I have seen people online attempt to cut into their venison prosciutto after only 3 months. This is crazy and not near enough time for the meat to age. The aging process is a big reason why prosciutto tastes so good. If you cheat, you’re only cheating yourself.
Please understand that artisan meats like Prosciutto are begun with a process that starts in winter. Why? Because in times past, this was how you preserved meat for the upcoming year without refrigeration. You butchered or harvested your animals and game in Nov-Jan and cured and hung to age. The initial aging and drying must take place in the cold months. The humidity is usually lower in winter and that allows the hanging meat to further dry out as it hangs.
Then by time spring comes around, the meat has lost so much moisture that hanging in 70+ degree temps is no problem. It can go through summer still hanging in any room of your log cabin/home and not spoil. Today we are so far removed from these concepts that we try to attempt these artisan practices with our modern climate controlled homes and wonder why we have failures.
Also, you don’t have insect problems in winter. Insects will be attracted to fresh hanging pieces of meat and the last thing you want is fly larva on your prosciutto. By the time spring rolls around, the curing and drying process is about over and insects will have no interest in a hanging salt block in your home.
You can’t attempt this feat during the summer with a previously frozen piece of meat purchased at your local grocer or dug out of your basement freezer from your last hunting trip. You’re setting yourself up for guaranteed failure from the start.
Also, thinking you’re going to hang and age this in your fridge for 6 months or in your climate controlled basement in a home that houses a family that prefers the temp in the winter to be 75 degrees inside is not going to work either. Or at least it’s going to give you roadblocks to overcome unnecessarily.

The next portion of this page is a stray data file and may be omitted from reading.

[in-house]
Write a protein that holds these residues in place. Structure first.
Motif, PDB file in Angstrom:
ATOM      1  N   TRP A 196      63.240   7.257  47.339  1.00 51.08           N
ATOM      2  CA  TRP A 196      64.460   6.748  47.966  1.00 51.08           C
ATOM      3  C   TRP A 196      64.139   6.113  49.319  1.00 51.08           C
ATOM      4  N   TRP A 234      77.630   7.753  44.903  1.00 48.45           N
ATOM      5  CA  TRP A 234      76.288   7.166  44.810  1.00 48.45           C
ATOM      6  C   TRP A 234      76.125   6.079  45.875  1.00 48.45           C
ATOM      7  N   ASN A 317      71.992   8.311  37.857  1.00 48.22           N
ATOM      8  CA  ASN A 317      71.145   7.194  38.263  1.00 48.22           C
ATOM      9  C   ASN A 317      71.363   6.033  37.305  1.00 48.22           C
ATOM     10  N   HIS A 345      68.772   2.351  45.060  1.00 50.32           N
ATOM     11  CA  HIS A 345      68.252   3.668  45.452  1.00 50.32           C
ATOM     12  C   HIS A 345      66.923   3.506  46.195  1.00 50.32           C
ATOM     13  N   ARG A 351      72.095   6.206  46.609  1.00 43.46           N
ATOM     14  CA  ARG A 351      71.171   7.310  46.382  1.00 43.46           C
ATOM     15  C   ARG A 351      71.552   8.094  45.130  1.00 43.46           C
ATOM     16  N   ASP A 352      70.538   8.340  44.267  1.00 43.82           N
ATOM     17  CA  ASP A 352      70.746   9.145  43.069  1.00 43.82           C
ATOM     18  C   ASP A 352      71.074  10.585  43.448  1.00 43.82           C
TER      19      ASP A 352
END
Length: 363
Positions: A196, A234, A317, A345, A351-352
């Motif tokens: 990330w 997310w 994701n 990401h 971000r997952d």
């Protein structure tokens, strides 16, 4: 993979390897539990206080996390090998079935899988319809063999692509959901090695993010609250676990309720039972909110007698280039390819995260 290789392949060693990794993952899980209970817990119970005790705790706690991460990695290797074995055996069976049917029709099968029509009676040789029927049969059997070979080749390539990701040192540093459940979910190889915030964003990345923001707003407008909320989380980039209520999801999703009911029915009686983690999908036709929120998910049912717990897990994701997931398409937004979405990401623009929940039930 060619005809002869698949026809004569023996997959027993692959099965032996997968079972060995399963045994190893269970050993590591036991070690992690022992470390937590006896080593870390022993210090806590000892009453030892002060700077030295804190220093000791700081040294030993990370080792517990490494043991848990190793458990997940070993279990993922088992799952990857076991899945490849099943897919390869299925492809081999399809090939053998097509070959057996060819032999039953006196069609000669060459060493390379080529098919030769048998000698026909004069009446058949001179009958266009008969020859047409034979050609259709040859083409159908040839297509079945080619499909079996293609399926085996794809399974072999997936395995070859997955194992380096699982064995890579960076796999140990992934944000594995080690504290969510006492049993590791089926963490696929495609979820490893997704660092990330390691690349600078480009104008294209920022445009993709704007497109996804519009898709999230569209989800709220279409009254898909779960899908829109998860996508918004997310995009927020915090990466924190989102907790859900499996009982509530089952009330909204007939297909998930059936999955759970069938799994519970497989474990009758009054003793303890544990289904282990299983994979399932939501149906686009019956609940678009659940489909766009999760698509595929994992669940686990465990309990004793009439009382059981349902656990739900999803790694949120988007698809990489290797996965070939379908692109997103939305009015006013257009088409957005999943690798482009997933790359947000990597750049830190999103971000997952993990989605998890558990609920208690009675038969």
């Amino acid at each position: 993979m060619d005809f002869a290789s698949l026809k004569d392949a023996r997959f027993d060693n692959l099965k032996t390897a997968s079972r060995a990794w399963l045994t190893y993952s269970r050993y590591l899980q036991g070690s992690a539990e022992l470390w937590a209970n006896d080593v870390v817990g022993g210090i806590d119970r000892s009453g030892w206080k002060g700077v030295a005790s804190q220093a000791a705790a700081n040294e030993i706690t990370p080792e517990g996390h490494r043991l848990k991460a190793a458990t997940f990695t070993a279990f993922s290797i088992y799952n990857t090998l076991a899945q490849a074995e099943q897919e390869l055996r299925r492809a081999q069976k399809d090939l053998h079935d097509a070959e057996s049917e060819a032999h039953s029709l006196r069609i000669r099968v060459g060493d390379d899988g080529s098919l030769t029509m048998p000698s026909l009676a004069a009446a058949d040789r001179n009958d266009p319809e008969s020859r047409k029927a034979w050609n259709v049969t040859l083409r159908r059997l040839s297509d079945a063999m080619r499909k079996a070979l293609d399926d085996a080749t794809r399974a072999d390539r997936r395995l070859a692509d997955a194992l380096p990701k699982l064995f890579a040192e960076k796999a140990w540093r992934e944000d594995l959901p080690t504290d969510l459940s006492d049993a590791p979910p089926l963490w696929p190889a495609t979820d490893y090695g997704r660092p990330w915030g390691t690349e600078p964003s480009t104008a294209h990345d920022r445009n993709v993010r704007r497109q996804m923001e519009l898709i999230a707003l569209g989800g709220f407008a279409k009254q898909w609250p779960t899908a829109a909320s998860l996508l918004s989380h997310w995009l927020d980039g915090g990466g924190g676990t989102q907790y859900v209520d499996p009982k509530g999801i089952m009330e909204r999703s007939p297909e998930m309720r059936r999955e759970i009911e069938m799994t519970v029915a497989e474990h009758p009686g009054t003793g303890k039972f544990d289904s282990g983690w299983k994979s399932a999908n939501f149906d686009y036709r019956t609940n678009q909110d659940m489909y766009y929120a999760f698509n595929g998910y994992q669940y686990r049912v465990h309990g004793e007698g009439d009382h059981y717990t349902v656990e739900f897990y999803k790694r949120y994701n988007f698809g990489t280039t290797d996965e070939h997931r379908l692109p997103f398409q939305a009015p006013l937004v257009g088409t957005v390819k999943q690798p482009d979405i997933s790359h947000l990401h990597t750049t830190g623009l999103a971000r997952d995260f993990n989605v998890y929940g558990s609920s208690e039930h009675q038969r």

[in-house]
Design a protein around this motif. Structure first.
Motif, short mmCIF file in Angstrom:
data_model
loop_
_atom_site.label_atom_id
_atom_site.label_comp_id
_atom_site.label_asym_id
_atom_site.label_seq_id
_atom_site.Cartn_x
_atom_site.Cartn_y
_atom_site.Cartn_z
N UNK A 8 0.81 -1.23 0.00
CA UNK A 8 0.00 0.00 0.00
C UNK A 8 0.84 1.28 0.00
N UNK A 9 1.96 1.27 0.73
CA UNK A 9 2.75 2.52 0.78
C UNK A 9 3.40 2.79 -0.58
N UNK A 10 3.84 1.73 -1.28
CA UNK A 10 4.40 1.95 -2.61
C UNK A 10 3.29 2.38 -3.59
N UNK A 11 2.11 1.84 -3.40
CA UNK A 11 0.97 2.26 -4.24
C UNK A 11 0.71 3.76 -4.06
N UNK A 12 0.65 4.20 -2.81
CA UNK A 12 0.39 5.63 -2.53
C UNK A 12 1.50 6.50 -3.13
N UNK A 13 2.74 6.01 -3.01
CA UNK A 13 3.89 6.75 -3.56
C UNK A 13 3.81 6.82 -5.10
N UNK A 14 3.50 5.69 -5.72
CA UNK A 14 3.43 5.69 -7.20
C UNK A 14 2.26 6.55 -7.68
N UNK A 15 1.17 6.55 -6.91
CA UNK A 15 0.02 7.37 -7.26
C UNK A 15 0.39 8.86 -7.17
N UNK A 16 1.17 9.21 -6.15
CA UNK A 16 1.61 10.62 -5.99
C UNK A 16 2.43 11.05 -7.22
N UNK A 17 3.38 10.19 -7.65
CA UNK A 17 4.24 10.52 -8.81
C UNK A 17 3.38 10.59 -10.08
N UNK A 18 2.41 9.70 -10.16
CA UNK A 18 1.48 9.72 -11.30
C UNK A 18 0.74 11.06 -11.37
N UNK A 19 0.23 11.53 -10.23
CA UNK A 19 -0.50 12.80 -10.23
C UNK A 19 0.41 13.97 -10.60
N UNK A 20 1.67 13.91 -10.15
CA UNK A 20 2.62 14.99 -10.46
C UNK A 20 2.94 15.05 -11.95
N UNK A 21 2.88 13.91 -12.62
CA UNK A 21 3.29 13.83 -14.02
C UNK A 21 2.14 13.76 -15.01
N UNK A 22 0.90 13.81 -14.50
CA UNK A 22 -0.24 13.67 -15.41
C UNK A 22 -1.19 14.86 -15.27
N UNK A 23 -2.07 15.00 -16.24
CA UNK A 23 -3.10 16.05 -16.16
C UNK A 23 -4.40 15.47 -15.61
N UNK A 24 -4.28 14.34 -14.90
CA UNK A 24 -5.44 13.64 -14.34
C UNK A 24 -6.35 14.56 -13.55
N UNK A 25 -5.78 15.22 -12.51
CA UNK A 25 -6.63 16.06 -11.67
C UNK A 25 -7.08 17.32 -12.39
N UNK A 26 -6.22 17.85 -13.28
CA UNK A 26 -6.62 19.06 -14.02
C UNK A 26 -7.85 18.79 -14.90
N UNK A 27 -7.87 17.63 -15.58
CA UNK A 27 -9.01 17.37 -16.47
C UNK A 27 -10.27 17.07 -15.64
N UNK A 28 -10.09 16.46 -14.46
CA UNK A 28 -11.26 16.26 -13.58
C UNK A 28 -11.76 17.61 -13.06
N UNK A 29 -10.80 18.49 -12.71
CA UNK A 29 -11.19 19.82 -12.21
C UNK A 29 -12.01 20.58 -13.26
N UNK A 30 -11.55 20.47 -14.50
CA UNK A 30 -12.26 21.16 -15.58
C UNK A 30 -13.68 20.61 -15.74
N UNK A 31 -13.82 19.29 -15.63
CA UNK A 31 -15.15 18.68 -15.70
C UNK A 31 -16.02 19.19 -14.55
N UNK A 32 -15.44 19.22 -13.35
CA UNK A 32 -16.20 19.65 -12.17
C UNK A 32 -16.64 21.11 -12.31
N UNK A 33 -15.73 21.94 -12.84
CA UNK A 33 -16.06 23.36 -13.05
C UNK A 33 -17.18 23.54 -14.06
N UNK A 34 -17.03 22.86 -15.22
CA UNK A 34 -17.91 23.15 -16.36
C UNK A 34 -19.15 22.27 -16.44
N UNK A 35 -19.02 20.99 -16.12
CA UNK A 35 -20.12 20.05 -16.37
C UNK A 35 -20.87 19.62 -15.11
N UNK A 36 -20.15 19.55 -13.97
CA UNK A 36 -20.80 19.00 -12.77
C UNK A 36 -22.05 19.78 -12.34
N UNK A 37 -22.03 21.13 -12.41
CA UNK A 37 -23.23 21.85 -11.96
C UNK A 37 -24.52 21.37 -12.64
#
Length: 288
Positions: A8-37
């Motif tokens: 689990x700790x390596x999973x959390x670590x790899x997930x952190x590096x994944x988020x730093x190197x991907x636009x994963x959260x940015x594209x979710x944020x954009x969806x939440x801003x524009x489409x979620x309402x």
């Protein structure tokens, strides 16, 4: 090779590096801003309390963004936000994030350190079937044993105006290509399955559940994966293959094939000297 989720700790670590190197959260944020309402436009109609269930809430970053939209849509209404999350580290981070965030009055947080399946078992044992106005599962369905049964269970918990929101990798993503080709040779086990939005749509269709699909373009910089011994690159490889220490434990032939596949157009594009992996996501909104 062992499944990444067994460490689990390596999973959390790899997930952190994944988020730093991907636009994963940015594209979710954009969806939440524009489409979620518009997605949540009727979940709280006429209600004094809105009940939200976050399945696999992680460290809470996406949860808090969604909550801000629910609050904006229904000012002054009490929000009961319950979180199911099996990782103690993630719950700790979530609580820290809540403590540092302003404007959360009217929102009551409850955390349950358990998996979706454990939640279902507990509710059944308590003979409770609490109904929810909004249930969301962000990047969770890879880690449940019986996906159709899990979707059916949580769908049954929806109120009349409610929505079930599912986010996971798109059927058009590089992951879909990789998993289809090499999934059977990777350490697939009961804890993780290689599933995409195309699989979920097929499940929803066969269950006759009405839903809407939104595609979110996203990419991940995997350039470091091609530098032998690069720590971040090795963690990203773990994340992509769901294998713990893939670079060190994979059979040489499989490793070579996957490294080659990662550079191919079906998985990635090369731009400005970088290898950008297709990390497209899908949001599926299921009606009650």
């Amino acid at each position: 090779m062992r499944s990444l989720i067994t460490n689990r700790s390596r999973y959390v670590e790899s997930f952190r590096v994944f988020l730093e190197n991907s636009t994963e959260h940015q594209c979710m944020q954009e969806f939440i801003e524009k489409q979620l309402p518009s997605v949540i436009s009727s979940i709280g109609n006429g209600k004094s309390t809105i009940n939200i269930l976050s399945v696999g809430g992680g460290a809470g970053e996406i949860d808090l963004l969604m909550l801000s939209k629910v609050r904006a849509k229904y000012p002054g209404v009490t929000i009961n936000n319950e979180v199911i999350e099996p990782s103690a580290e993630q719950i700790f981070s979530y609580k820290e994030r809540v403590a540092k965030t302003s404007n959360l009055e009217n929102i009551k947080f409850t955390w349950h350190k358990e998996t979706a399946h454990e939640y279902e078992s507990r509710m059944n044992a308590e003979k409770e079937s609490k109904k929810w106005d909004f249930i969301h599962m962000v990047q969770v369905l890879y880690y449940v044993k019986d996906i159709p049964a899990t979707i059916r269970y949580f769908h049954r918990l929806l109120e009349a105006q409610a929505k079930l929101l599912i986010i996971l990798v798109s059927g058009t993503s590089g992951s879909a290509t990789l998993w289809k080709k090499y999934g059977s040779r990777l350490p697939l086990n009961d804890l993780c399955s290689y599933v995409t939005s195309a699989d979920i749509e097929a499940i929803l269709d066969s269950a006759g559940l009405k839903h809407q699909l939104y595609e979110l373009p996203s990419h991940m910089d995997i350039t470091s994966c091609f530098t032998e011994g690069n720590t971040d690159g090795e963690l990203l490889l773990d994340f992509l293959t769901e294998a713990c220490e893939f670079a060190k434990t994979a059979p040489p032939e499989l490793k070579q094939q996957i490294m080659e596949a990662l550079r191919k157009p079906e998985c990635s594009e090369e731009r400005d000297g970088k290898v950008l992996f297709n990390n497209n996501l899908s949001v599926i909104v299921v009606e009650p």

Things to keep in mind
- Meat butchered in winter
- Salt cured in winter
- Hung and drying process started in winter
- Winter is normally lower in humidity
- By the time spring and summer are here, the majority of the drying process is done and aging is all that is left to do. Temp is not so much a factor as it was before.
It’s possible to achieve a good venison prosciutto, but you must adhere to the time tested methods of the ancients.
Your newly hanging meat should lose about 30-40% of its weight during the drying process. Some people measure this with scales and a log book and that is fine. But you should be able to tell if your hanging meat is losing weight just by picking it up. It should be shrinking over time. Your meat should never give an “off smell”. If it does, toss it. You did something incorrectly and you need to start over.
The important thing to remember when learning a skill like this is to go to someone who is already skilled and achieving success. In fact, go to as many people like that as you can. Forget the home hobbyists. Learn from the charcuterie specialists that practice the methods of the ancients.
You’re first attempt might not be perfect. But with each attempt, you will learn how to make a better product for your family.
Have fun! 🙂